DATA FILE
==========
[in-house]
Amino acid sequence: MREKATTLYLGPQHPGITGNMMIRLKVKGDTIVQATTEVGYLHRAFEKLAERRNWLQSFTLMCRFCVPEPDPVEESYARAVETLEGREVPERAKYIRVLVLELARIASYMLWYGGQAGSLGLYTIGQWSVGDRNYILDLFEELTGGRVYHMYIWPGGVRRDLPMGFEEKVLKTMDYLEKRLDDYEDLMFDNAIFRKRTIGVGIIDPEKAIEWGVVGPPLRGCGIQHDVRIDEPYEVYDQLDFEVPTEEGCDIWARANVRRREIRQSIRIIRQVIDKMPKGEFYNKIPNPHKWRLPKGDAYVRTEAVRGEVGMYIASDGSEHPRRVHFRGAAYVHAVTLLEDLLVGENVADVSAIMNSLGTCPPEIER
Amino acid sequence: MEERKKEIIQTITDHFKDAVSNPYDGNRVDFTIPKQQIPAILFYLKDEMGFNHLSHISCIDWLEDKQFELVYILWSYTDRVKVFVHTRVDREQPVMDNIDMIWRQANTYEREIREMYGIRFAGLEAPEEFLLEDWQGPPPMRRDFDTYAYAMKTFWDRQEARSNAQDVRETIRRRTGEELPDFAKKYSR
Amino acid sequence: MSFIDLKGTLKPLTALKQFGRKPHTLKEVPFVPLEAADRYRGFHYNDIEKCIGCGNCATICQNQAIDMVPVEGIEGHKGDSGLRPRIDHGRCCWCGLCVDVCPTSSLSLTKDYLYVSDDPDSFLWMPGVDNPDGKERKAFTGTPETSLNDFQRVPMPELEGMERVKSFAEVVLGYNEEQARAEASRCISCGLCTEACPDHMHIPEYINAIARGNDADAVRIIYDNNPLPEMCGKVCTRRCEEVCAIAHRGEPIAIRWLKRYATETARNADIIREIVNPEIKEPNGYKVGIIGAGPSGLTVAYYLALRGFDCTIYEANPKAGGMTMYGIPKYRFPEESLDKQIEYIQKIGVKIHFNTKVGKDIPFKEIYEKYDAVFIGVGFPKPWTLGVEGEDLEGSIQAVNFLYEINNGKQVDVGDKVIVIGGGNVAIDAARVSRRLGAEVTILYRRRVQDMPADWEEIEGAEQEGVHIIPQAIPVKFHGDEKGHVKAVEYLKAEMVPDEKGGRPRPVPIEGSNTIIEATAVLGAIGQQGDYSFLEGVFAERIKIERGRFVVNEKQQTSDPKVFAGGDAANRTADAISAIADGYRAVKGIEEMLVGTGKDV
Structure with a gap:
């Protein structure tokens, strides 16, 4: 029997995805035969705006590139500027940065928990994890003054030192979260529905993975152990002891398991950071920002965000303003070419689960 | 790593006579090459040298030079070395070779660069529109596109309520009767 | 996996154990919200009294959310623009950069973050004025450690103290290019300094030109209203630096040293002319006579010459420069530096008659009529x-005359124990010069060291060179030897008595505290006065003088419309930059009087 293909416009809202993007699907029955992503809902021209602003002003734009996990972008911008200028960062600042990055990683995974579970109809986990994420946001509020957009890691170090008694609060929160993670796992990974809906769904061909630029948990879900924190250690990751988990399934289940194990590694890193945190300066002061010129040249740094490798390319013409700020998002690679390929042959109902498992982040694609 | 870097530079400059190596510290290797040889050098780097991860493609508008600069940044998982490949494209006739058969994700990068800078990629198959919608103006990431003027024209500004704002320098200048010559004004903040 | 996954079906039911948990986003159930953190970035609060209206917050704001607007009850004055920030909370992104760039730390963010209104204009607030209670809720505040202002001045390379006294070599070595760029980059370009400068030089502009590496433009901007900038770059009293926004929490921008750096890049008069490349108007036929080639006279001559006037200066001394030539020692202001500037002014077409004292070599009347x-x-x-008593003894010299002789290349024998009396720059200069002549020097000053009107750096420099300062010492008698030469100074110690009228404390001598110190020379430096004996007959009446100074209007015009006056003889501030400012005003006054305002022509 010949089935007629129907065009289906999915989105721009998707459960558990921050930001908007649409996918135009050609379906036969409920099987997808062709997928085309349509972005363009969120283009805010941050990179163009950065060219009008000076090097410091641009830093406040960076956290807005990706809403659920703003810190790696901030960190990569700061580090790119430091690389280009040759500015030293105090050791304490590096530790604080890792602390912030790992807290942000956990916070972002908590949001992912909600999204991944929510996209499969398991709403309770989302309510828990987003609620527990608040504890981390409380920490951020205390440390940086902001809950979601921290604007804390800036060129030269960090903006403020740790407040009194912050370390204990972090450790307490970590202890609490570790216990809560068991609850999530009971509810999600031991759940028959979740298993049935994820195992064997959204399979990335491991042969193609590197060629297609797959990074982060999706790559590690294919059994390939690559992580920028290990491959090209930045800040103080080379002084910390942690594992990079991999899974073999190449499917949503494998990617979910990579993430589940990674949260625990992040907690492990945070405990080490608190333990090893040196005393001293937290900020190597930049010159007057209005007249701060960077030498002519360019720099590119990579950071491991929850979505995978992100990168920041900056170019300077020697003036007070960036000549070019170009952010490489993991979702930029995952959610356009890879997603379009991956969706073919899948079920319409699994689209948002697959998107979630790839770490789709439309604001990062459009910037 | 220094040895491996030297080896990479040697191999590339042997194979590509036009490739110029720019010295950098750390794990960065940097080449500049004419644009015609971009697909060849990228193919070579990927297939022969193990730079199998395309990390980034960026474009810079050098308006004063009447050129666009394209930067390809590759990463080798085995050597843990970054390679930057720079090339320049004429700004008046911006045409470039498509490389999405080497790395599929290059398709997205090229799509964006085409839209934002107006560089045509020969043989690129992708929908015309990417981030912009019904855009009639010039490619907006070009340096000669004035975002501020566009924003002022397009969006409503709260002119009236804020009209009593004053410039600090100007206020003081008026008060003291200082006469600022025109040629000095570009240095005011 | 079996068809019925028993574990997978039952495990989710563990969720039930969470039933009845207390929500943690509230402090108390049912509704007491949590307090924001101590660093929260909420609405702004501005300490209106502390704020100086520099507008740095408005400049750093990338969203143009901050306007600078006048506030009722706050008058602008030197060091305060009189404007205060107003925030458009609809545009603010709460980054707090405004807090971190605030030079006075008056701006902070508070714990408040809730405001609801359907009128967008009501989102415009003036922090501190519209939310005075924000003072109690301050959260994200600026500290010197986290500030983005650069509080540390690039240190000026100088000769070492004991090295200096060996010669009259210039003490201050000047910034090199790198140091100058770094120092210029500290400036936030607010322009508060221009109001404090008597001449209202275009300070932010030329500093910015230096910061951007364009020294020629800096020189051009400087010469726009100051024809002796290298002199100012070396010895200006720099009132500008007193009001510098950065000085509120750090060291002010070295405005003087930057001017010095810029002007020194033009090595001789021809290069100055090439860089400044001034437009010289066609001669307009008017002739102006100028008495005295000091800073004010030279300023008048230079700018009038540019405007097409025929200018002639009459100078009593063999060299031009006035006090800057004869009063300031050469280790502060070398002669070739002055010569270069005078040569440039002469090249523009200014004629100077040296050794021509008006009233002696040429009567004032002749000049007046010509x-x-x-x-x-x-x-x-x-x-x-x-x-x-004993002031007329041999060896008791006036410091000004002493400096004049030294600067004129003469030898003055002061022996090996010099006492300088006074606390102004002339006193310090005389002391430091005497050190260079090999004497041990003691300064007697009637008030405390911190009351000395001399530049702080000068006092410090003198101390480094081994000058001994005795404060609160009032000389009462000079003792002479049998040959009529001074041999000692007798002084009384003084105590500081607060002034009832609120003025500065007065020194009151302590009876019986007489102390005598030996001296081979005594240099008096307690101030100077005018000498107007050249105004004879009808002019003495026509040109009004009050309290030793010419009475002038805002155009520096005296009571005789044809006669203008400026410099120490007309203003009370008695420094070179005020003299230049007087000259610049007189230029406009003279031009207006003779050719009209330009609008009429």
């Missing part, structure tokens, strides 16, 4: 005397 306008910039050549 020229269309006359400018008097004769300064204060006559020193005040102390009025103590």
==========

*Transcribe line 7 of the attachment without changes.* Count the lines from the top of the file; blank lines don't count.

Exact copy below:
């Missing part, structure tokens, strides 16, 4: 005397 306008910039050549 020229269309006359400018008097004769300064204060006559020193005040102390009025103590």